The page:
Story Cubes are easy to use, and can be adapted to a number of different purposes. The Original set is enough to work with, though including another set such as the Actions (particularly useful for Retros) or some of new Mix-ins can help inspire greater creativity.
Here are some ways that you might incorporate Story Cubese into your next retrospective:
- Check In: One person rolls, then each participant picks one cube and offers an associated word to complete a simple check-in statement, such as “The last sprint was great because…” or “Today, I’m feeling like…”
- Data Gathering: Use the cubes to inspire the story of the retrospective. Dana Pylayava suggests: “Everyone picks 1 image as his view of last sprint. Speaking in turns, team builds the shared story in 9 cubes”. There really are no rules here: have each person choose one cube or a few; people can roll again if they come up dry in continuing the story. Or have each person roll and then use all the cubes to tell a short individual story about their experience of the sprint.
- Gathering insights: To mix things up and really boost ideation, try combining Story Cubes with brain-writing to encourage everyone to generate ideas about why things are the way they are. Roll the cubes, have each participant silently write as many ideas as possible on individual post-its using the images on the cubes as inspiration in identifying patterns, themes, and connections. Roll the cubes again and repeat. Then use silent affinity grouping to assemble the big picture before starting to talk about what’s been revealed.
- Deciding what to do: This is where the Actions or Voyages cubes might be particularly useful to draw out creative ideas about “What is the thing we should do differently next sprint to be more successful?”. Use the cubes to brainstorm as many ideas as possible about what types of actions will get the team to the desired destination (and then make a collective decision about which one to focus on, of course!).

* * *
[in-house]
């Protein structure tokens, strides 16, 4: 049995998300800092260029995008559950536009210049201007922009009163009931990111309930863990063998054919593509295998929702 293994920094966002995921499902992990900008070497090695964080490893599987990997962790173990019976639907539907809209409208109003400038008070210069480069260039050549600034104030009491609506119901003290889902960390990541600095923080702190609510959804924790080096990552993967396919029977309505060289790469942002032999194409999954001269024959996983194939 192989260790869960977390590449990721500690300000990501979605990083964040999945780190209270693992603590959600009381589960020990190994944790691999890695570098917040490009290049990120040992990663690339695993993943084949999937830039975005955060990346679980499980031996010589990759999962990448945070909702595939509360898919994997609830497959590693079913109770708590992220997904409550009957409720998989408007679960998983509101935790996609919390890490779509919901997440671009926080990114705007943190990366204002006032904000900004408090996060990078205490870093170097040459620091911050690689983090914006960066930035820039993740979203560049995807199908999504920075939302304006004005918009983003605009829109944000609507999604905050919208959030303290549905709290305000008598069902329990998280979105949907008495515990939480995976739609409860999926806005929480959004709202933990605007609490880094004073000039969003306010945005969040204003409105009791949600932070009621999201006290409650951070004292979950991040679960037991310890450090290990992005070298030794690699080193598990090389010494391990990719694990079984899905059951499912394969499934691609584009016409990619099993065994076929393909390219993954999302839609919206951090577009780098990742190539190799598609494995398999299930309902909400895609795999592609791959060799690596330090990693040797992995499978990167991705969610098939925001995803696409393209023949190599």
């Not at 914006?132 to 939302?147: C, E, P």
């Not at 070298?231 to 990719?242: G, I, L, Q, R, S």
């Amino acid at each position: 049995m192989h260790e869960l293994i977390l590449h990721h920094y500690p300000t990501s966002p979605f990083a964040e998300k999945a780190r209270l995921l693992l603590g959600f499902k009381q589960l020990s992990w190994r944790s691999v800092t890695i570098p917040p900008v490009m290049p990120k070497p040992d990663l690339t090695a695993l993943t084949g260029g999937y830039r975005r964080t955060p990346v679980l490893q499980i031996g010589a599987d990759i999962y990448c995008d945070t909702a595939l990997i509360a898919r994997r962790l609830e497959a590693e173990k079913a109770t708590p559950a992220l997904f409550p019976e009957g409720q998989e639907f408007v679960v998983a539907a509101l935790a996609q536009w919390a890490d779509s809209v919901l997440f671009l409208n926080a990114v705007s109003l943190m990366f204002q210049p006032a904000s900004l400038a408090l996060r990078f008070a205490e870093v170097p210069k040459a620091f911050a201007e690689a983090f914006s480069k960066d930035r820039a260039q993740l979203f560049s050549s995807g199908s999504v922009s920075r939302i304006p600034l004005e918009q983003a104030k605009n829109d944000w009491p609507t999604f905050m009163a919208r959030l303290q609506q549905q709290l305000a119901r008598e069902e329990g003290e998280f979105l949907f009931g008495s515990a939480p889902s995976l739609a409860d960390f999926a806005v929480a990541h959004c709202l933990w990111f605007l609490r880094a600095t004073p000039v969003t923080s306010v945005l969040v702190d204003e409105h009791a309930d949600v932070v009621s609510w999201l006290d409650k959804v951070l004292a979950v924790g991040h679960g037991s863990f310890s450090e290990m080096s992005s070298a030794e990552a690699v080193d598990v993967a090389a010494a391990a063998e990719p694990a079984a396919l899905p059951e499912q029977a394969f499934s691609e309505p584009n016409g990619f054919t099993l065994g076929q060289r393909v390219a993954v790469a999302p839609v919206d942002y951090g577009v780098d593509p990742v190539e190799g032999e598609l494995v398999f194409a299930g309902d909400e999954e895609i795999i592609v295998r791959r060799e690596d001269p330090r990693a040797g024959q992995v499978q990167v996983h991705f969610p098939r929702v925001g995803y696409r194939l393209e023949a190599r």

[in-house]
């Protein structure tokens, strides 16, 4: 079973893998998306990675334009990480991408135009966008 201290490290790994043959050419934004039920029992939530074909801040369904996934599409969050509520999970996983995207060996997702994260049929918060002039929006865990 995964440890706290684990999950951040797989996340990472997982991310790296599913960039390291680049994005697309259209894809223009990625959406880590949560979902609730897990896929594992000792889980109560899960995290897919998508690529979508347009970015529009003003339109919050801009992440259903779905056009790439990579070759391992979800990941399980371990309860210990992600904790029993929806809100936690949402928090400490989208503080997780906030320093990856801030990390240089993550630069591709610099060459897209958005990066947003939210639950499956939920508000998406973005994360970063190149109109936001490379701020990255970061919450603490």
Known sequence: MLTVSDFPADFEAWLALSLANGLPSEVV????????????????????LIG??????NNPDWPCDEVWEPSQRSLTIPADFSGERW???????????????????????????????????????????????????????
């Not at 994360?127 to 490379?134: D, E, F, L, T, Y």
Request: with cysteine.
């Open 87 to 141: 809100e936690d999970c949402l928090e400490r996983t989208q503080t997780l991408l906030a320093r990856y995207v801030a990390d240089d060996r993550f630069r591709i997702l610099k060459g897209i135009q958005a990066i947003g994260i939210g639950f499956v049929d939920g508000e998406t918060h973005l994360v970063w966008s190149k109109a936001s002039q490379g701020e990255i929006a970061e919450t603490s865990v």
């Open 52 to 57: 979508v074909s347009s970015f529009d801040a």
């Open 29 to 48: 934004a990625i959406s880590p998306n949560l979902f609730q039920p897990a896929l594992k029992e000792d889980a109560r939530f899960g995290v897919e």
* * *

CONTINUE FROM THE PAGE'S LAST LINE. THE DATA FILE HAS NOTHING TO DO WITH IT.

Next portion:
- Closing the retrospective: Similar to the Check In, have participants select an image from a cube to help them complete a closing statement, such as “Our next sprint will be better because….”
While I’ve offered ideas for how to use Story Cubes for any phase of a retrospective, I wouldn’t recommend using them for the entire thing. Choose one or two of the phases and combine using Story Cubes with other techniques for soliciting input – this is a great way to start especially if your team is unaccustomed to using playful props to do serious work.
Some other ideas for how to use Story Cubes in retros:
I would love to hear from you about how you’re using them – leave me a comment!
Where to find them?: Rory’s Story Cubes are available at many toy stores, via Amazon, or directly from Rory’s Story Cubes. And no, I don’t get any promotional perks for being a Story Cubes fangirl. I just really like their product.
Well-formed user stories help Agile teams to make the right decisions about what to deliver next. Ellen Gottesdiener and Mary Gorman’s excellent new book, Discover to Deliver: Agile Product Planning and Analysis, gives Agile teams practical guidance on planning and analysis practices that will help practitioners explore all dimensions of their product so that they are focused on learning the things that will enable them to deliver great products.
There ‘s an opportunity to have the “Discover To Deliver” class offered in either Ottawa or Montreal in October. Visit this page to find out more about the course and indicate your interest in attending. The more interest we have, the more likely it is we can bring Ellen or Mary to Ottawa to offer a fantastic learning experience.
On Tuesday, I had the pleasure of presenting “An Introduction to Lean and Agile Work” to one of the IEEE Ottawa SIGs
As a prelude to the conversation, we played a simple variant of the penny game in order to spark some lively discussion and great questions to frame the rest of the evening. We then talked about Agile values and principles, and how those ideas are manifested in Agile and Lean practices. As the group was quite small, it was less of a formal presentation and more of a conversation with a few pictures to help clarify key ideas about Scrum and Kanban:
The conversation was lively and long (as an Agile coach, I tell myself that one day I’ll get the hang of this time-boxing thing!), and from the comments afterwards it was clear that the talk had sparked a lot of curiosity about how these ideas could be applied in practice. My favourite comment was “You know, we’re supposedly doing Agile at work, but we’re missing a couple of really basic elements. I get it now!”.
Here are the slides from the presentation:
Play is powerful stuff. I had the tremendous good fortune to take part in Play4Agile, an Unconference on games for Agile teams held near Frankfurt, Germany two weekends ago. It was a tremendous amount of fun and a really intense learning experience — there were so many skilled and enthusiastic people there to learn from and create with that a goodly number of new games were generated over the course of the weekend.